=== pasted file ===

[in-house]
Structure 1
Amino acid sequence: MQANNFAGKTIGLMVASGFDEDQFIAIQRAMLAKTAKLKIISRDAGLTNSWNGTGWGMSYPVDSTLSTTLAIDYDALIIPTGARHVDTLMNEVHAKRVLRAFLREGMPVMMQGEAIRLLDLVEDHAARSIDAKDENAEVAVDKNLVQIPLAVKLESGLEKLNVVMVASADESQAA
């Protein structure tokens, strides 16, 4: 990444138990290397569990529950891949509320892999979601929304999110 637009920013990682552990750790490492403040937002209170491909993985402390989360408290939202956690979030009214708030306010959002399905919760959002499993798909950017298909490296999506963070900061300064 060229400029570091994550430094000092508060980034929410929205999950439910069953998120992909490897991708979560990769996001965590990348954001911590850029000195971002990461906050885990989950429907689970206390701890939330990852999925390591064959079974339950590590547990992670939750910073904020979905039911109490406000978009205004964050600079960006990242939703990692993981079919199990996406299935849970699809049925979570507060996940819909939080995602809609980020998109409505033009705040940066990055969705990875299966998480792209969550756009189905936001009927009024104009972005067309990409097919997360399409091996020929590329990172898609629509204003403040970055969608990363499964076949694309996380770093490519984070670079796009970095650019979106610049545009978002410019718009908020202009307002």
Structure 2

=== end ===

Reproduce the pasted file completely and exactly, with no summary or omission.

[in-house]
Structure 1
Amino acid sequence: MQANNFAGKTIGLMVASGFDEDQFIAIQRAMLAKTAKLKIISRDAGLTNSWNGTGWGMSYPVDSTLSTTLAIDYDALIIPTGARHVDTLMNEVHAKRVLRAFLREGMPVMMQGEAIRLLDLVEDHAARSIDAKDENAEVAVDKNLVQIPLAVKLESGLEKLNVVMVASADESQAA
């Protein structure tokens, strides 16, 4: 990444138990290397569990529950891949509320892999979601929304999110 637009920013990682552990750790490492403040937002209170491909993985402390989360408290939202956690979030009214708030306010959002399905919760959002499993798909950017298909490296999506963070900061300064 060229400029570091994550430094000092508060980034929410929205999950439910069953998120992909490897991708979560990769996001965590990348954001911590850029000195971002990461906050885990989950429907689970206390701890939330990852999925390591064959079974339950590590547990992670939750910073904020979905039911109490406000978009205004964050600079960006990242939703990692993981079919199990996406299935849970699809049925979570507060996940819909939080995602809609980020998109409505033009705040940066990055969705990875299966998480792209969550756009189905936001009927009024104009972005067309990409097919997360399409091996020929590329990172898609629509204003403040970055969608990363499964076949694309996380770093490519984070670079796009970095650019979106610049545009978002410019718009908020202009307002």
Structure 2